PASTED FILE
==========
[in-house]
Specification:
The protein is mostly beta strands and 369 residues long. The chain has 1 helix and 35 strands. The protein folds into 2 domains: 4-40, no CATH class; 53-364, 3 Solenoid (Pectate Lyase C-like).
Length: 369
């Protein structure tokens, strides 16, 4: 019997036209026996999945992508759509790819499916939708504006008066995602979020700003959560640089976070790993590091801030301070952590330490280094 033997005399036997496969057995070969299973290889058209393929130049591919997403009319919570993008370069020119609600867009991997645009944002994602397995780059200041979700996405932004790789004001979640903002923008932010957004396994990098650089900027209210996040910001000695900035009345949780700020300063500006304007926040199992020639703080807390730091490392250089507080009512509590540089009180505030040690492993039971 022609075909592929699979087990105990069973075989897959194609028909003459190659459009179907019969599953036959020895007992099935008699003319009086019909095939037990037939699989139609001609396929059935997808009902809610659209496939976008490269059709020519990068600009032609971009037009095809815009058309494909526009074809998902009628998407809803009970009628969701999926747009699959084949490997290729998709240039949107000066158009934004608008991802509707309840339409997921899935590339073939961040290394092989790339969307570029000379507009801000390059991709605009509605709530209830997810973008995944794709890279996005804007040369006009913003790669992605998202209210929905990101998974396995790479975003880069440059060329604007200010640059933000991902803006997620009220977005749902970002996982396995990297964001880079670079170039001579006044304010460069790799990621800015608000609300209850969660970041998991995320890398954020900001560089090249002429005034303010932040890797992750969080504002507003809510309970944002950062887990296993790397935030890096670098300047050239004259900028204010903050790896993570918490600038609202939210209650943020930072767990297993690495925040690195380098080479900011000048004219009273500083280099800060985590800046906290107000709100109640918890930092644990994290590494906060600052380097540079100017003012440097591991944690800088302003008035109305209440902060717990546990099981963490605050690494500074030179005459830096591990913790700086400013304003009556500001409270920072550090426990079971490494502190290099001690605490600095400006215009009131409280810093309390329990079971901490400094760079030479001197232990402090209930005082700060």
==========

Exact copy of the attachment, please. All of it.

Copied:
[in-house]
Specification:
The protein is mostly beta strands and 369 residues long. The chain has 1 helix and 35 strands. The protein folds into 2 domains: 4-40, no CATH class; 53-364, 3 Solenoid (Pectate Lyase C-like).
Length: 369
């Protein structure tokens, strides 16, 4: 019997036209026996999945992508759509790819499916939708504006008066995602979020700003959560640089976070790993590091801030301070952590330490280094 033997005399036997496969057995070969299973290889058209393929130049591919997403009319919570993008370069020119609600867009991997645009944002994602397995780059200041979700996405932004790789004001979640903002923008932010957004396994990098650089900027209210996040910001000695900035009345949780700020300063500006304007926040199992020639703080807390730091490392250089507080009512509590540089009180505030040690492993039971 022609075909592929699979087990105990069973075989897959194609028909003459190659459009179907019969599953036959020895007992099935008699003319009086019909095939037990037939699989139609001609396929059935997808009902809610659209496939976008490269059709020519990068600009032609971009037009095809815009058309494909526009074809998902009628998407809803009970009628969701999926747009699959084949490997290729998709240039949107000066158009934004608008991802509707309840339409997921899935590339073939961040290394092989790339969307570029000379507009801000390059991709605009509605709530209830997810973008995944794709890279996005804007040369006009913003790669992605998202209210929905990101998974396995790479975003880069440059060329604007200010640059933000991902803006997620009220977005749902970002996982396995990297964001880079670079170039001579006044304010460069790799990621800015608000609300209850969660970041998991995320890398954020900001560089090249002429005034303010932040890797992750969080504002507003809510309970944002950062887990296993790397935030890096670098300047050239004259900028204010903050790896993570918490600038609202939210209650943020930072767990297993690495925040690195380098080479900011000048004219009273500083280099800060985590800046906290107000709100109640918890930092644990994290590494906060600052380097540079100017003012440097591991944690800088302003008035109305209440902060717990546990099981963490605050690494500074030179005459830096591990913790700086400013304003009556500001409270920072550090426990079971490494502190290099001690605490600095400006215009009131409280810093309390329990079971901490400094760079030479001197232990402090209930005082700060």